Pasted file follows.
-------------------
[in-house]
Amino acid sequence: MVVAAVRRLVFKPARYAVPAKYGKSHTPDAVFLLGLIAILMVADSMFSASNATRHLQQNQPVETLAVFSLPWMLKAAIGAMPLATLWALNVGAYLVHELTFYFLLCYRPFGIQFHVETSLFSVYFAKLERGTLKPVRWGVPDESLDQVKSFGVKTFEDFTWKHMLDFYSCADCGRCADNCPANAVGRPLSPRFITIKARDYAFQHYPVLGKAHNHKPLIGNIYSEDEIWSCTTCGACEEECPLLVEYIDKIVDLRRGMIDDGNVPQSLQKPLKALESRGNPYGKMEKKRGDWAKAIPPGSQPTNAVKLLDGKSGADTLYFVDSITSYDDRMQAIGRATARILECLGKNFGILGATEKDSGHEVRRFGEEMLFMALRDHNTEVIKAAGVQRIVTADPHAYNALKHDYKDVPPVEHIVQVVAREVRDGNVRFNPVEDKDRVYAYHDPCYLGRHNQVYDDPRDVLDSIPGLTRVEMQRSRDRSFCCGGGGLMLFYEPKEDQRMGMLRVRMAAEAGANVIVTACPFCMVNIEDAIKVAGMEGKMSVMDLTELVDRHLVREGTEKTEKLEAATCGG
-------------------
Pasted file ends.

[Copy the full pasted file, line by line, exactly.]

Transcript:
[in-house]
Amino acid sequence: MVVAAVRRLVFKPARYAVPAKYGKSHTPDAVFLLGLIAILMVADSMFSASNATRHLQQNQPVETLAVFSLPWMLKAAIGAMPLATLWALNVGAYLVHELTFYFLLCYRPFGIQFHVETSLFSVYFAKLERGTLKPVRWGVPDESLDQVKSFGVKTFEDFTWKHMLDFYSCADCGRCADNCPANAVGRPLSPRFITIKARDYAFQHYPVLGKAHNHKPLIGNIYSEDEIWSCTTCGACEEECPLLVEYIDKIVDLRRGMIDDGNVPQSLQKPLKALESRGNPYGKMEKKRGDWAKAIPPGSQPTNAVKLLDGKSGADTLYFVDSITSYDDRMQAIGRATARILECLGKNFGILGATEKDSGHEVRRFGEEMLFMALRDHNTEVIKAAGVQRIVTADPHAYNALKHDYKDVPPVEHIVQVVAREVRDGNVRFNPVEDKDRVYAYHDPCYLGRHNQVYDDPRDVLDSIPGLTRVEMQRSRDRSFCCGGGGLMLFYEPKEDQRMGMLRVRMAAEAGANVIVTACPFCMVNIEDAIKVAGMEGKMSVMDLTELVDRHLVREGTEKTEKLEAATCGG